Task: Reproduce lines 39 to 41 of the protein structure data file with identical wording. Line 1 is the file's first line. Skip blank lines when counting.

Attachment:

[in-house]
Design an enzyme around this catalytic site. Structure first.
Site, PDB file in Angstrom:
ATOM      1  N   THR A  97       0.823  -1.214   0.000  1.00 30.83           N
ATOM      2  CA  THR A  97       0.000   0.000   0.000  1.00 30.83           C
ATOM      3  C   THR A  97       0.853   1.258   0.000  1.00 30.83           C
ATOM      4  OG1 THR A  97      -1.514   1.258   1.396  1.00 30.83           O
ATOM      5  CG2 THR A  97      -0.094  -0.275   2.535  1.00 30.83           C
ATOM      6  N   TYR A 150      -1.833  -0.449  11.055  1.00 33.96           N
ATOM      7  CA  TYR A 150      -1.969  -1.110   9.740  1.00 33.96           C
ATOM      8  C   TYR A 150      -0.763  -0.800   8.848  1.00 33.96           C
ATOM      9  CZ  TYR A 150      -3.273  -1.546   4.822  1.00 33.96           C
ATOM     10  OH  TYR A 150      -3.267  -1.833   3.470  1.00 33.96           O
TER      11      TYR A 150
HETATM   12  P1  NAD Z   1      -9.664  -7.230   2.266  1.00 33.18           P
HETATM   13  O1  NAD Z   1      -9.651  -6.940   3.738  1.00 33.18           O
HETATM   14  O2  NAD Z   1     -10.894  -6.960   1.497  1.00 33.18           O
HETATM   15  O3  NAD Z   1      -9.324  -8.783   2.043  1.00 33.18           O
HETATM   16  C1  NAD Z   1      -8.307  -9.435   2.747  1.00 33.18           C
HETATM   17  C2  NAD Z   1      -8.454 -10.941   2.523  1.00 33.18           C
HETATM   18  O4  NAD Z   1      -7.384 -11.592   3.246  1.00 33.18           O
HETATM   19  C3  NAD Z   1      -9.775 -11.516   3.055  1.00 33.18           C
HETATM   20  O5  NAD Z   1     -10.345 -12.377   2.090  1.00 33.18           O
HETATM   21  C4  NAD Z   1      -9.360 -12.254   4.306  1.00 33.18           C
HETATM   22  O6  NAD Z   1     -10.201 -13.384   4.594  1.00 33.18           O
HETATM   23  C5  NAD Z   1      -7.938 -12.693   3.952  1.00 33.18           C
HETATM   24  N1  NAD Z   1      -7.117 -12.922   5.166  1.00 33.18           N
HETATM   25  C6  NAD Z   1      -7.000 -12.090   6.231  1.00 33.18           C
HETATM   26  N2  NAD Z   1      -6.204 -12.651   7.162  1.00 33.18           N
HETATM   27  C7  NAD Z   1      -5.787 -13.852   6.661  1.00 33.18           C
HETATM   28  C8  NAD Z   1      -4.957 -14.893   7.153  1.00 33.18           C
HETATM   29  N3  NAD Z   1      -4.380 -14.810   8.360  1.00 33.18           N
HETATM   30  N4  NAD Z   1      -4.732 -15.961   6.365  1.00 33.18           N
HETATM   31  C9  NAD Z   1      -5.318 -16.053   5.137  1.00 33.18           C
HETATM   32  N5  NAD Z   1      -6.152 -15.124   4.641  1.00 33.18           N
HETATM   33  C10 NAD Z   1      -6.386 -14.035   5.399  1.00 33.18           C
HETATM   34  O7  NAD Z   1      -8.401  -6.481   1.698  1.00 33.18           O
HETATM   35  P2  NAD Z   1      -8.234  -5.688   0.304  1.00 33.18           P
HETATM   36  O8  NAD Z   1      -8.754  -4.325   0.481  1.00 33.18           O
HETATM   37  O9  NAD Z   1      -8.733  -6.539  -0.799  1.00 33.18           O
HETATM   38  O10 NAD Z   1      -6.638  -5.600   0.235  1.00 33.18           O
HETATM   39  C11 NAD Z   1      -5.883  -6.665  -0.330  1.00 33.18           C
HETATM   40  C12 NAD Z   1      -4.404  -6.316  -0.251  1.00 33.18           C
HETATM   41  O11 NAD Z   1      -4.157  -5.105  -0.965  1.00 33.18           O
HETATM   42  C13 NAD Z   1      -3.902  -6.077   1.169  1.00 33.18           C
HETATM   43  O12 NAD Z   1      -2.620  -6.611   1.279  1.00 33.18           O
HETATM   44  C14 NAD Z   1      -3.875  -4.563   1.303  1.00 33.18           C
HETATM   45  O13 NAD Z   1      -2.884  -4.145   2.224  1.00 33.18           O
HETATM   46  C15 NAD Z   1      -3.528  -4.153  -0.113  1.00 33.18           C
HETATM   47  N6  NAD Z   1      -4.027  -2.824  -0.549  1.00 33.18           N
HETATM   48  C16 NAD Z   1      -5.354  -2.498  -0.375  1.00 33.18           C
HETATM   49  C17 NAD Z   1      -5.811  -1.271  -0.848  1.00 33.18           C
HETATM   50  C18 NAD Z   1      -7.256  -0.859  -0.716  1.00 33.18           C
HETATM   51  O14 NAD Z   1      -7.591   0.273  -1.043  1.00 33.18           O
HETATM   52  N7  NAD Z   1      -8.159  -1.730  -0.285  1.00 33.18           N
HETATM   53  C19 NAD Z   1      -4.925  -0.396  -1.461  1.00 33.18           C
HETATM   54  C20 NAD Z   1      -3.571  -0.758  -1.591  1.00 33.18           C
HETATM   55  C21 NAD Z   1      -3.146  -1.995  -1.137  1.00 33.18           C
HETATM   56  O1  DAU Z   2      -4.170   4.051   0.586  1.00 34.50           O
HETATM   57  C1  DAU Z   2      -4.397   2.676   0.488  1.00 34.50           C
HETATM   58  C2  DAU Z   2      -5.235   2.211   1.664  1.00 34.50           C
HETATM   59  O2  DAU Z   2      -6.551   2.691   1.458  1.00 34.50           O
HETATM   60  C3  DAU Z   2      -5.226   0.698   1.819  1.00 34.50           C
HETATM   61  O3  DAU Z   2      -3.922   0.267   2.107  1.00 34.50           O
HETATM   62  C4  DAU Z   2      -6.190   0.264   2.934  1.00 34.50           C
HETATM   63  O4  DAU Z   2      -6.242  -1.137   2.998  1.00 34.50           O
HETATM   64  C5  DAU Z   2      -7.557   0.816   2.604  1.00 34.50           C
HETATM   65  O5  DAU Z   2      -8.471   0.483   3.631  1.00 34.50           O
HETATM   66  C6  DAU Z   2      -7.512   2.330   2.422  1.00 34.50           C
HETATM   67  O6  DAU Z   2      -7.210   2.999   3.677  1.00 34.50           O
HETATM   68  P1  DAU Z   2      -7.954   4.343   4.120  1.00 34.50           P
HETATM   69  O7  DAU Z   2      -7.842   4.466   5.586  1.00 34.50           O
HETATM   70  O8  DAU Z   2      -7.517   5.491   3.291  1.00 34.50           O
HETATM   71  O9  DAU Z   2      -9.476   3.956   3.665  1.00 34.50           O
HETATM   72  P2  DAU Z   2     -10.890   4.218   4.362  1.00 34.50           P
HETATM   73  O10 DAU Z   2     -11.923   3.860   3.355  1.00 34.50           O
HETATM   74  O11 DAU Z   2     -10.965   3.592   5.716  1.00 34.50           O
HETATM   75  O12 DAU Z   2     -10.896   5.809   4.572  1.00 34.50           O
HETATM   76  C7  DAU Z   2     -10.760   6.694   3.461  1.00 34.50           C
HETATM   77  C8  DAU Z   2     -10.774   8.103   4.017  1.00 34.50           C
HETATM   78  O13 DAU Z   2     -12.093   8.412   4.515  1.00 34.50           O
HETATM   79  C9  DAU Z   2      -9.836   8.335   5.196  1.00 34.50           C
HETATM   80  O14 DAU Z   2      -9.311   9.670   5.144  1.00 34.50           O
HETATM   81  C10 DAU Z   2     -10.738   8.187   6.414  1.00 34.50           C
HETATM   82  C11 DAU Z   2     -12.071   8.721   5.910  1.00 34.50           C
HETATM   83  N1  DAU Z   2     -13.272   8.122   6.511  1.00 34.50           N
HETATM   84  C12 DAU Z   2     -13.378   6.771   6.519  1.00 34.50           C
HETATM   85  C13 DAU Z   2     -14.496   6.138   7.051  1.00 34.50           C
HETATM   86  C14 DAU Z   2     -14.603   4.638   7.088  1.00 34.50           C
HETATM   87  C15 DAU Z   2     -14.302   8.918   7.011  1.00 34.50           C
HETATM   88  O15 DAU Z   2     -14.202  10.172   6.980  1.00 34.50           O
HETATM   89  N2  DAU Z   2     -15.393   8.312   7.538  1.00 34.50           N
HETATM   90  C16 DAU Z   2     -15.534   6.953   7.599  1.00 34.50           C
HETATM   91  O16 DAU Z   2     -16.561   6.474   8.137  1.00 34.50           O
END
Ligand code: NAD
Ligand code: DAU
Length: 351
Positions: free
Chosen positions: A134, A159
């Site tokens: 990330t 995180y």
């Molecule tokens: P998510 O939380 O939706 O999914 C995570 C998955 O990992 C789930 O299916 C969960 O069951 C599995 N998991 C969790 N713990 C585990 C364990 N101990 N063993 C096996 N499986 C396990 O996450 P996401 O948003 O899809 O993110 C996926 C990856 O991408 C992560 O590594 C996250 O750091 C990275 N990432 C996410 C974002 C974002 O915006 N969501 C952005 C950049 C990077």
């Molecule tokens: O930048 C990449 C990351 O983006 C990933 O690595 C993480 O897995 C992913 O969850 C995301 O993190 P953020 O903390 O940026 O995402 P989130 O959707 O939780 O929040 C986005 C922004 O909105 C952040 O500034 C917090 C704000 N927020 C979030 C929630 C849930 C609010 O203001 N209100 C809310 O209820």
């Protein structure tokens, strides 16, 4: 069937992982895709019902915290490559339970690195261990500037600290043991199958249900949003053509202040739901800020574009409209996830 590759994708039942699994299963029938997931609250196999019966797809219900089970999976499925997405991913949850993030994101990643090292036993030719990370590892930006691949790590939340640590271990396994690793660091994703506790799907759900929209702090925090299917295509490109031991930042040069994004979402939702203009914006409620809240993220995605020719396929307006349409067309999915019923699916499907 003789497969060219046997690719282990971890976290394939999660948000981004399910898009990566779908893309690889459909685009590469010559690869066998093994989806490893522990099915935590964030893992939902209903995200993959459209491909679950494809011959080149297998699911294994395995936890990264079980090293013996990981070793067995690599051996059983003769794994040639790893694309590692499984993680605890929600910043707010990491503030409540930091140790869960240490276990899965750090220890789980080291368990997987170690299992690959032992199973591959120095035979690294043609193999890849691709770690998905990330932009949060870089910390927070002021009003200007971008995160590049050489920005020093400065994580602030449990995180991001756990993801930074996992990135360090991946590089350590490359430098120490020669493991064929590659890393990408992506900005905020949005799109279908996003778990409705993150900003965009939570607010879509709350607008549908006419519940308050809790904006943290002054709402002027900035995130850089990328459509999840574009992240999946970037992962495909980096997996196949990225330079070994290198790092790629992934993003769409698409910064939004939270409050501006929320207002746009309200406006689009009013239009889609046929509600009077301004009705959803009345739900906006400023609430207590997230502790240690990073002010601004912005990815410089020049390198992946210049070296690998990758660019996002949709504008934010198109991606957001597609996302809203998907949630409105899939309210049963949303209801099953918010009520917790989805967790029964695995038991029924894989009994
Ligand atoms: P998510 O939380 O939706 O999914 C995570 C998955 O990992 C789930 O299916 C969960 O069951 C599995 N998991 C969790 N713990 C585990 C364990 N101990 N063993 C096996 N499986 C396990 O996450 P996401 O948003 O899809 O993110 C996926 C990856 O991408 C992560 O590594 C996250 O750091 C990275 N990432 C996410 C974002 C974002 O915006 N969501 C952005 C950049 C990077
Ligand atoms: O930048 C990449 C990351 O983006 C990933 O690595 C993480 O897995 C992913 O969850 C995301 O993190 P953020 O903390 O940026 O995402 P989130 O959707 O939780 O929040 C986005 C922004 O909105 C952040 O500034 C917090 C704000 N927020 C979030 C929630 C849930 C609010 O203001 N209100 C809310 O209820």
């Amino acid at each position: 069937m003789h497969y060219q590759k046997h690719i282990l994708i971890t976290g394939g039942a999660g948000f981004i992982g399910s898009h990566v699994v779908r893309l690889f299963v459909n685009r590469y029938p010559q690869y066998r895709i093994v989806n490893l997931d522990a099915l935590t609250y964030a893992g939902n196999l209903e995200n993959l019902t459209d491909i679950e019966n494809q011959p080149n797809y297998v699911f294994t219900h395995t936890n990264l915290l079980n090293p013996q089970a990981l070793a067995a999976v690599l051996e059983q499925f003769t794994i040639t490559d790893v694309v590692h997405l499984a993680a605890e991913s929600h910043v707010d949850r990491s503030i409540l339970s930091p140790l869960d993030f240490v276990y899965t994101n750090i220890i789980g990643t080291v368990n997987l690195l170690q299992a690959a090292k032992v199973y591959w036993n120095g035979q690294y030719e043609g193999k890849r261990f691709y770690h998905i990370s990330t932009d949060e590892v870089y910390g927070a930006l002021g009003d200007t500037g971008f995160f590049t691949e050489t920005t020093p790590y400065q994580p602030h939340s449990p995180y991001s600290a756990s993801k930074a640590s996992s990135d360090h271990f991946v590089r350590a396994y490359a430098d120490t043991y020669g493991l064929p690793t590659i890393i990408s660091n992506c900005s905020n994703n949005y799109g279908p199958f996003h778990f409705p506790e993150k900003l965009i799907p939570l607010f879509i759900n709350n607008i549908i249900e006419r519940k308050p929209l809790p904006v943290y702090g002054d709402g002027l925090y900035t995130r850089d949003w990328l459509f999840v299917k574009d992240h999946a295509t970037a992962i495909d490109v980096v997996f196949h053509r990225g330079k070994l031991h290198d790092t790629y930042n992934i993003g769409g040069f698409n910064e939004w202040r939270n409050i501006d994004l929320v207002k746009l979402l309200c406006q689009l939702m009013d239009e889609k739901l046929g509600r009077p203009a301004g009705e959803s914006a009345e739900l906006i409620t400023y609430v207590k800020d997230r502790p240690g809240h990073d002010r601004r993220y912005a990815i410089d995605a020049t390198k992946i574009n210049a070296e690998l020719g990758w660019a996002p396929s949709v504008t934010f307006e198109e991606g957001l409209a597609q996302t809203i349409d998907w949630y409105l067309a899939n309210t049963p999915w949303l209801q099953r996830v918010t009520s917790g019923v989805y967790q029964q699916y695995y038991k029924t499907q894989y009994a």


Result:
HETATM   36  O8  NAD Z   1      -8.754  -4.325   0.481  1.00 33.18           O
HETATM   37  O9  NAD Z   1      -8.733  -6.539  -0.799  1.00 33.18           O
HETATM   38  O10 NAD Z   1      -6.638  -5.600   0.235  1.00 33.18           O